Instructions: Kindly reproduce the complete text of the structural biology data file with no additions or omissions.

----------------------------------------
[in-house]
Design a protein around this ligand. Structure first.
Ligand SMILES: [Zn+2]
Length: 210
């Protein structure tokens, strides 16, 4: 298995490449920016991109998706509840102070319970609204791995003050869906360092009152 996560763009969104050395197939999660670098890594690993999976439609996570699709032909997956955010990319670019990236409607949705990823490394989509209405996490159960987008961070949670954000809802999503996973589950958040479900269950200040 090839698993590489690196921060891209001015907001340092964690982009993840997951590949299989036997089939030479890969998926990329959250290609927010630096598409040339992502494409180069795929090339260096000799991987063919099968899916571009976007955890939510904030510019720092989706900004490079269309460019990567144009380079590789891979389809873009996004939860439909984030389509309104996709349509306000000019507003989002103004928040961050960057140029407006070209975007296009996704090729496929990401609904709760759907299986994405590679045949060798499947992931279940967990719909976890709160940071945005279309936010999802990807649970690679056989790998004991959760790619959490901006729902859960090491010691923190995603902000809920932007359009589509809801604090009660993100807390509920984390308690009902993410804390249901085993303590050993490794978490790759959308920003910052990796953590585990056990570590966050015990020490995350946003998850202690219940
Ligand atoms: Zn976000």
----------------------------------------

[in-house]
Design a protein around this ligand. Structure first.
Ligand SMILES: [Zn+2]
Length: 210
């Protein structure tokens, strides 16, 4: 298995490449920016991109998706509840102070319970609204791995003050869906360092009152 996560763009969104050395197939999660670098890594690993999976439609996570699709032909997956955010990319670019990236409607949705990823490394989509209405996490159960987008961070949670954000809802999503996973589950958040479900269950200040 090839698993590489690196921060891209001015907001340092964690982009993840997951590949299989036997089939030479890969998926990329959250290609927010630096598409040339992502494409180069795929090339260096000799991987063919099968899916571009976007955890939510904030510019720092989706900004490079269309460019990567144009380079590789891979389809873009996004939860439909984030389509309104996709349509306000000019507003989002103004928040961050960057140029407006070209975007296009996704090729496929990401609904709760759907299986994405590679045949060798499947992931279940967990719909976890709160940071945005279309936010999802990807649970690679056989790998004991959760790619959490901006729902859960090491010691923190995603902000809920932007359009589509809801604090009660993100807390509920984390308690009902993410804390249901085993303590050993490794978490790759959308920003910052990796953590585990056990570590966050015990020490995350946003998850202690219940
Ligand atoms: Zn976000």